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We have all heard at least once (probably several times) that drinking milk is beneficial for your teeth. Have you ever wondered why or stopped to think fully about this? In our latest article we will explore the concept a little more.
Firstly, it is perhaps stating the obvious that milk contains calcium and there are many known benefits between this and good bone health including teeth also. Milk also contains a range of other properties which promote good bone / teeth health but these are less well known about – until now-
A substance called casein is present which is associated with a number of proteins which are thought to play a role in repairing the cavity of the tooth. This same substance also stops the building of bacteria on the surface of the tooth which has an obvious advantageous effect.
Milk also contains a range of other elements which combined together aid good oral health because of the antibacterial properties these ingredients have. These include:
* Vitamin D.
The importance of starting early
It is widely believed that mothers to be can give their children a good head start to having healthy teeth and bones by upping their calcium content during pregnancy. Milk continues to be important during childhood and through the teenage years. At a time when the body is constantly growing and sometimes rapidly changing, the supply of calcium is needed for healthy progress.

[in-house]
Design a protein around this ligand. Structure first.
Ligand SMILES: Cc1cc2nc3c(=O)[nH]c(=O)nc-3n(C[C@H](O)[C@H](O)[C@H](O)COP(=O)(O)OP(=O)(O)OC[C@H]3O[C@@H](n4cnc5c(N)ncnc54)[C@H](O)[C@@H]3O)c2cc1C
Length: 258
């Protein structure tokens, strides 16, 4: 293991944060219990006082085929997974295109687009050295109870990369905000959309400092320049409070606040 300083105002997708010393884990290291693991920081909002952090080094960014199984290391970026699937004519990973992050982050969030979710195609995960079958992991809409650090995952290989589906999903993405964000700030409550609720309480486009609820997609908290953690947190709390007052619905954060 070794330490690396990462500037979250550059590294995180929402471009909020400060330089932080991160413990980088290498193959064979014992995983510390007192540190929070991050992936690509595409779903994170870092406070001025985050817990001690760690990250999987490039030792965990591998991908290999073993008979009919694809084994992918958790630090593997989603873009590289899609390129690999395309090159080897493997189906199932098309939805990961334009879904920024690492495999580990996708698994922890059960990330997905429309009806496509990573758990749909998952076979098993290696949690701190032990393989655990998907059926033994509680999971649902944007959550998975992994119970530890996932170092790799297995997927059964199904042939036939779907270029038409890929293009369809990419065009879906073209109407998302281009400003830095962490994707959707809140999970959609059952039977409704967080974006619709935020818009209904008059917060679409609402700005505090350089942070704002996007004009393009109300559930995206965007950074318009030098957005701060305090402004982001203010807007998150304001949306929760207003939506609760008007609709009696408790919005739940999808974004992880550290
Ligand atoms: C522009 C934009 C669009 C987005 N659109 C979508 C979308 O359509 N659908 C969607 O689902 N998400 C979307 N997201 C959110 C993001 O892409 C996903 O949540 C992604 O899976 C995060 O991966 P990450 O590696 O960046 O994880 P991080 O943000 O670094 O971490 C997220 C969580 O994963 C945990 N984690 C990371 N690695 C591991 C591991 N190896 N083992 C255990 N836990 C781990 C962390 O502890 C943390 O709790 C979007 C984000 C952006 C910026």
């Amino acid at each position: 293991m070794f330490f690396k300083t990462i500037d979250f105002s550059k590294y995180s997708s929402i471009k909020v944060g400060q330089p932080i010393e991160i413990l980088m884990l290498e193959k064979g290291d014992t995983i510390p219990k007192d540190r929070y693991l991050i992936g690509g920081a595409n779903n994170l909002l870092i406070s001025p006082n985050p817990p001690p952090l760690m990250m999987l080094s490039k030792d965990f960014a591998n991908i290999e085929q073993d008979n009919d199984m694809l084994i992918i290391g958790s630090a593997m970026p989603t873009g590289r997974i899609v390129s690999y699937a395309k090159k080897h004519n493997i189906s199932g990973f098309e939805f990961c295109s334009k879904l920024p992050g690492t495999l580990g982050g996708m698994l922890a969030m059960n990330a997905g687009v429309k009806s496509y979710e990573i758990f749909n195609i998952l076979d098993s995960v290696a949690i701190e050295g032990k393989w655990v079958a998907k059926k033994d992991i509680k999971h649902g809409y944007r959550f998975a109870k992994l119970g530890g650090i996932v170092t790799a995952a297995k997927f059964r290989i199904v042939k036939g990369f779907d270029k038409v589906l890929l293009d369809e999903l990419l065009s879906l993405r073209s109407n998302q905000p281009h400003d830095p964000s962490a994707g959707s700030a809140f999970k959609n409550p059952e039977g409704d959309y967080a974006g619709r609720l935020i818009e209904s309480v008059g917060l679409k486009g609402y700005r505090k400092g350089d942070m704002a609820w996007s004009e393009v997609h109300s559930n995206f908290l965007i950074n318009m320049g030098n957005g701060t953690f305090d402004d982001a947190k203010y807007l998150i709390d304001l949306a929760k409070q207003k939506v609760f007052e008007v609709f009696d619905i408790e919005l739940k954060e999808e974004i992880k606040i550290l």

… and continuing
The above doesn’t just apply to the early years either. Regularly drinking milk and gaining calcium through adulthood into older age can ensure bones and teeth remain strong and healthy ensuring some illnesses, degenerative conditions and teeth problems are kept at bay.
Things to consider
We have already touched on how milk or dairy products generally can help stop tooth decay in it’s tracks. Milk specifically is able to provide a coating to the teeth which makes it more difficult for the bacteria to ‘settle’ and thus prevent tooth decay in this way.
Did you know that nearly all of the calcium in your body is stored by your bones or teeth? Whilst it is correct that many foods contain calcium, there is something which is pure and authentic about milk which gives it advantages over anything else. The calcium through the milk is far more likely to be absorbed and quicker through your body also making it a better option.
Different members of the population require different levels of calcium but the same central message of inclusion in diet applies. Most adults require around 1000mg per day, with other specific groups (including children) requiring around 1300-1400 mg per day. To put this into context an average glass of milk contains around 300-400mg.
Not everything is straightforward and sometimes (and for necessary reasons) people can’t include milk or dairy products into their diet – being lactose intolerant is a perfect example of this. Fortunately there are even ways round this so no one need lose out to a calcium deficiency impacting their bones or teeth.
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